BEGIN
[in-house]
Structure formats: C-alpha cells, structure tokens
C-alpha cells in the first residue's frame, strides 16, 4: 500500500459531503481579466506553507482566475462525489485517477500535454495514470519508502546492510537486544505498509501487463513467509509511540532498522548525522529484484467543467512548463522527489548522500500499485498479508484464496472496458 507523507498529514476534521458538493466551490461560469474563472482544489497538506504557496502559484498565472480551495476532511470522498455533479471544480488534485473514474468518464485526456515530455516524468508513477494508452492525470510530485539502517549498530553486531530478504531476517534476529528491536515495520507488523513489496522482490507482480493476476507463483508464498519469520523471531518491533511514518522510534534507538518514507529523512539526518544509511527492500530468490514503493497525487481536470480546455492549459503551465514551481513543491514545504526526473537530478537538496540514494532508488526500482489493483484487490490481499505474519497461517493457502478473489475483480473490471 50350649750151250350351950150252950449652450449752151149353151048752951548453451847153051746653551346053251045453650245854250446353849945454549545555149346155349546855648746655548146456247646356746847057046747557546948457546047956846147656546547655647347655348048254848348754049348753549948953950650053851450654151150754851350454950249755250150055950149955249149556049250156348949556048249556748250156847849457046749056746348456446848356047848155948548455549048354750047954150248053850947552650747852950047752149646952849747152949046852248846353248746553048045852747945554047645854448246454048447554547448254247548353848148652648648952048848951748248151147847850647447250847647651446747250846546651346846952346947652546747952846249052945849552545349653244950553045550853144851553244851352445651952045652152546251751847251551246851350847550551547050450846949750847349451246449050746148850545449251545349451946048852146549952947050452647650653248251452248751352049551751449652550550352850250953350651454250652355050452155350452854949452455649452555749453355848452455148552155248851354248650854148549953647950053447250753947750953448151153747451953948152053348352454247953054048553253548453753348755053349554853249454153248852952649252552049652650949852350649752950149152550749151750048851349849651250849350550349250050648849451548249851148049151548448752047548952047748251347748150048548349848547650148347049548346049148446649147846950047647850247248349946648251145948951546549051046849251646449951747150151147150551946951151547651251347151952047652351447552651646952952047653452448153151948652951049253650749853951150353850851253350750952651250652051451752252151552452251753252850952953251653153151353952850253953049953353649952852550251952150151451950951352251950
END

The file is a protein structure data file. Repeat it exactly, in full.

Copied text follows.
[in-house]
Structure formats: C-alpha cells, structure tokens
C-alpha cells in the first residue's frame, strides 16, 4: 500500500459531503481579466506553507482566475462525489485517477500535454495514470519508502546492510537486544505498509501487463513467509509511540532498522548525522529484484467543467512548463522527489548522500500499485498479508484464496472496458 507523507498529514476534521458538493466551490461560469474563472482544489497538506504557496502559484498565472480551495476532511470522498455533479471544480488534485473514474468518464485526456515530455516524468508513477494508452492525470510530485539502517549498530553486531530478504531476517534476529528491536515495520507488523513489496522482490507482480493476476507463483508464498519469520523471531518491533511514518522510534534507538518514507529523512539526518544509511527492500530468490514503493497525487481536470480546455492549459503551465514551481513543491514545504526526473537530478537538496540514494532508488526500482489493483484487490490481499505474519497461517493457502478473489475483480473490471 50350649750151250350351950150252950449652450449752151149353151048752951548453451847153051746653551346053251045453650245854250446353849945454549545555149346155349546855648746655548146456247646356746847057046747557546948457546047956846147656546547655647347655348048254848348754049348753549948953950650053851450654151150754851350454950249755250150055950149955249149556049250156348949556048249556748250156847849457046749056746348456446848356047848155948548455549048354750047954150248053850947552650747852950047752149646952849747152949046852248846353248746553048045852747945554047645854448246454048447554547448254247548353848148652648648952048848951748248151147847850647447250847647651446747250846546651346846952346947652546747952846249052945849552545349653244950553045550853144851553244851352445651952045652152546251751847251551246851350847550551547050450846949750847349451246449050746148850545449251545349451946048852146549952947050452647650653248251452248751352049551751449652550550352850250953350651454250652355050452155350452854949452455649452555749453355848452455148552155248851354248650854148549953647950053447250753947750953448151153747451953948152053348352454247953054048553253548453753348755053349554853249454153248852952649252552049652650949852350649752950149152550749151750048851349849651250849350550349250050648849451548249851148049151548448752047548952047748251347748150048548349848547650148347049548346049148446649147846950047647850247248349946648251145948951546549051046849251646449951747150151147150551946951151547651251347151952047652351447552651646952952047653452448153151948652951049253650749853951150353850851253350750952651250652051451752252151552452251753252850952953251653153151353952850253953049953353649952852550251952150151451950951352251950